Trump’s judges will kick off for years to come. The judicial system is broken | Shira A Scheindlin


For many Americans, Donald Trump will be remembered as the first American president to have been indicted twice, to have supported, even incited, an insurgency against democracy and to have left thousands of dead because of its failure. lamentable to lead the nation in the fight against the pandemic of covid19. But for many other Americans, his real legacy will be his lasting impact on the third branch – federal justice.

The expansion of executive power and the decrease in legislative power due to the partisan stalemate is a well-known story. Governing by decree has become the new norm. But it was the stealthy and steady rise in power of the judiciary that caught many Americans off guard.

Federal judges are appointed for life. Once appointed, they remain in office until their retirement or death. The president appoints each federal judge and these appointments have very long-term consequences. A look at Trump’s nominations record reveals a relentless commitment to cementing his particular and idiosyncratic ideology. In short, he and his sidekick, former Majority Leader Mitch McConnell, did all they could to solidify an actively conservative justice system.

The numbers tell a clear story. There are a total of 816 active federal judges comprising the Supreme Court, the 13 courts of appeal and 91 district courts. In a single term, Trump was able to appoint 28% of those judges due to past and continuing vacancies. Most importantly, he appointed 33% of the nine U.S. Supreme Court justices and 30% of the appellate judges. The vast majority of its appointments were white males – none of its 54 appellate judges are black. But what really stands out is the age of his appointees. The average age of its appellate judges was 47 (five years younger than those selected by Barack Obama). Six of them were in their 30s and 20 were under 45. In contrast, of the 55 appellate judges chosen by Obama – in eight years, not four – none was in their thirties and only six were under 45.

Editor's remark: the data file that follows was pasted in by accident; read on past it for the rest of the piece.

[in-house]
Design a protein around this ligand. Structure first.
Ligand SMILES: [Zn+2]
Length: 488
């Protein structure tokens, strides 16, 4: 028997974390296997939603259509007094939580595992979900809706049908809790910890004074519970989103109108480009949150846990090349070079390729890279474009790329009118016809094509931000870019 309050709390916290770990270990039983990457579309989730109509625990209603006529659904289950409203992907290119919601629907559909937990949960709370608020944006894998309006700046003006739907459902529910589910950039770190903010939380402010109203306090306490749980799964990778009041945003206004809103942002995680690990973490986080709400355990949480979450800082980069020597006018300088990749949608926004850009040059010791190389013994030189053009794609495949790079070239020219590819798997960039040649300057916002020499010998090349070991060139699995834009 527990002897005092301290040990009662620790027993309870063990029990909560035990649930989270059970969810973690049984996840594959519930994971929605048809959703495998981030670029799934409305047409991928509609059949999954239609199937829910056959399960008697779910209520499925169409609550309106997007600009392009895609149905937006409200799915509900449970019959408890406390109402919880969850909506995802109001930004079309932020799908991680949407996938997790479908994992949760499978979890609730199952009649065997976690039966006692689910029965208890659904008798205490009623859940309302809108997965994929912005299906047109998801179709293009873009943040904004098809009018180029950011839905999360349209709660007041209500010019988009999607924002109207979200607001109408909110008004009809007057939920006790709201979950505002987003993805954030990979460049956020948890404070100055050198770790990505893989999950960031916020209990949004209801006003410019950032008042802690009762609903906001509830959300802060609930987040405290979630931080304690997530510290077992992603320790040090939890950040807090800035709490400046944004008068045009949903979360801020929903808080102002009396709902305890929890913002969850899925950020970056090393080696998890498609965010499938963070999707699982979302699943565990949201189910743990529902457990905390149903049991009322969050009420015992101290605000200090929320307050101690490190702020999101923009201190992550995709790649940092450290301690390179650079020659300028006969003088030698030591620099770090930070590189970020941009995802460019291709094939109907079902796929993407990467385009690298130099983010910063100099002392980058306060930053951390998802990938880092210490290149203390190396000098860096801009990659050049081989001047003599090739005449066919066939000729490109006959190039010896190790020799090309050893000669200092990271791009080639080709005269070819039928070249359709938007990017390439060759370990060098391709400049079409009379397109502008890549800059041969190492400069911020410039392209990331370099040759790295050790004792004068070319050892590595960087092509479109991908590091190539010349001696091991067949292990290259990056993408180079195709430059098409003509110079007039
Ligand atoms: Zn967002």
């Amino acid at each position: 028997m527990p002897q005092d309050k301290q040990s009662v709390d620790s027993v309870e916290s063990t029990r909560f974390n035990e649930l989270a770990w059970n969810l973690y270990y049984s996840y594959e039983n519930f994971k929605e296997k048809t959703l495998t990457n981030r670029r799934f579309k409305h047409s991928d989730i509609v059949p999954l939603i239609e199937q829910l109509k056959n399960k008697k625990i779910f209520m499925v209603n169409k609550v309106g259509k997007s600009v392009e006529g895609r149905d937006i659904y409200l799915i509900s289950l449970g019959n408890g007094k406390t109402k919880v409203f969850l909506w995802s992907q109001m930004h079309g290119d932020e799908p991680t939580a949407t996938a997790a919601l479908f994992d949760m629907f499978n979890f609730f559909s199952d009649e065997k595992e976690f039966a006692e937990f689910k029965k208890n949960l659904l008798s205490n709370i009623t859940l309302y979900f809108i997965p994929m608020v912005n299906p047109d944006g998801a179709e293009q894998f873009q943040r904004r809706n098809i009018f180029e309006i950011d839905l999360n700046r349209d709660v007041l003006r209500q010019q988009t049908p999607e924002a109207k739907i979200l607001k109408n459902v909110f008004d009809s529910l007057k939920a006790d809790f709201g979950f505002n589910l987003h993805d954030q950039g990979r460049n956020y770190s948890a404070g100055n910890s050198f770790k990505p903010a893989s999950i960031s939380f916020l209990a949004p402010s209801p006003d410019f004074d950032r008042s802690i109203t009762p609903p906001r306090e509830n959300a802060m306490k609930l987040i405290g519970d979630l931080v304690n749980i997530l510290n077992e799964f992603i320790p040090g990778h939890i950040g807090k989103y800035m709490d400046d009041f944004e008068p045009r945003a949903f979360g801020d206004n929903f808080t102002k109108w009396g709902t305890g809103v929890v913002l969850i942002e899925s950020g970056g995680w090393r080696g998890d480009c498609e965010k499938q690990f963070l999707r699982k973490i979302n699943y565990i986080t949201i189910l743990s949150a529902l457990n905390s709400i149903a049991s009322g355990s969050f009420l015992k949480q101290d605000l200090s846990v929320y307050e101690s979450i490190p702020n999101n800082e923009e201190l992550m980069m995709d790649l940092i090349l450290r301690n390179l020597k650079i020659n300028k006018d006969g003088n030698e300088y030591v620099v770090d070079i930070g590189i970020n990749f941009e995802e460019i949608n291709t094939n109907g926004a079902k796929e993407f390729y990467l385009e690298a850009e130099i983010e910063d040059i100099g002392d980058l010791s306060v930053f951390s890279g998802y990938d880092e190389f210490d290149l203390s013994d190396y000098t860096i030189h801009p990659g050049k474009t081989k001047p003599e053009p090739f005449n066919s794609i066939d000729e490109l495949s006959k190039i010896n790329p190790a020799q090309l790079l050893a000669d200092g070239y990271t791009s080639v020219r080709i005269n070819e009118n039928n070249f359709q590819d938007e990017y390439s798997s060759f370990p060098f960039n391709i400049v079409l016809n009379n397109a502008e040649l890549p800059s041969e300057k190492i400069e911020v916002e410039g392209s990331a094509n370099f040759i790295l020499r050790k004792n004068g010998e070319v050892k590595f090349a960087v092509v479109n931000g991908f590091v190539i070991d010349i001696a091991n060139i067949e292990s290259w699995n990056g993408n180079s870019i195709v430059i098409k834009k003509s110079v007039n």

Trump’s judicial appointments will shape American jurisprudence for decades to come. The Federal Judicial Center has found that this age disparity means Trump’s judges will serve 270 years longer than Obama’s judges, and they will decide thousands more. In addition, the average tenure of a Supreme Court judge has increased from 15 years in the early 1970s to 27 years more recently, largely due to the young age of the judges on the date of their appointment.

Trump’s legacy of judicial appointments is most apparent in the recent behavior of the Supreme Court. A new term has been coined – the shadow dossier – which refers to the sudden surge in emergency requests filed by the government. In the 16 years leading up to the Trump presidency, only eight such requests were made, and of those, only four were granted. In contrast, during Trump’s four-year tenure, 41 such requests were made, of which 24 were granted – a 70% success rate that supported Trump’s policies. These cases are heard without a full briefing, without oral argument, and often result in a barely single order as opposed to a full reasoned opinion.

One of those rulings overturned, by Order 5-4, a Wisconsin trial court order allowing an extension for the receipt of mail ballots. The last-minute Supreme Court ruling the day before the election created chaos and confusion. A second example of how the now-pro-Trump court backed his policies concerned his administration’s rule prohibiting migrants from seeking asylum in the United States before seeking it in countries they had passed through. The lower court suspended the application of this unprecedented rule, but the Supreme Court allowed the ban to take effect immediately even as the case moved to the lower courts. Another particularly disturbing example involved four death penalty cases where a lower court suspended four executions because the use of pentobarbital to kill prisoners would constitute cruel and unusual punishment. In a 5-4 decision, issued after 2 a.m., the suspension was overturned and at least one of the executions was carried out – the first federal prisoner to be executed in 17 years.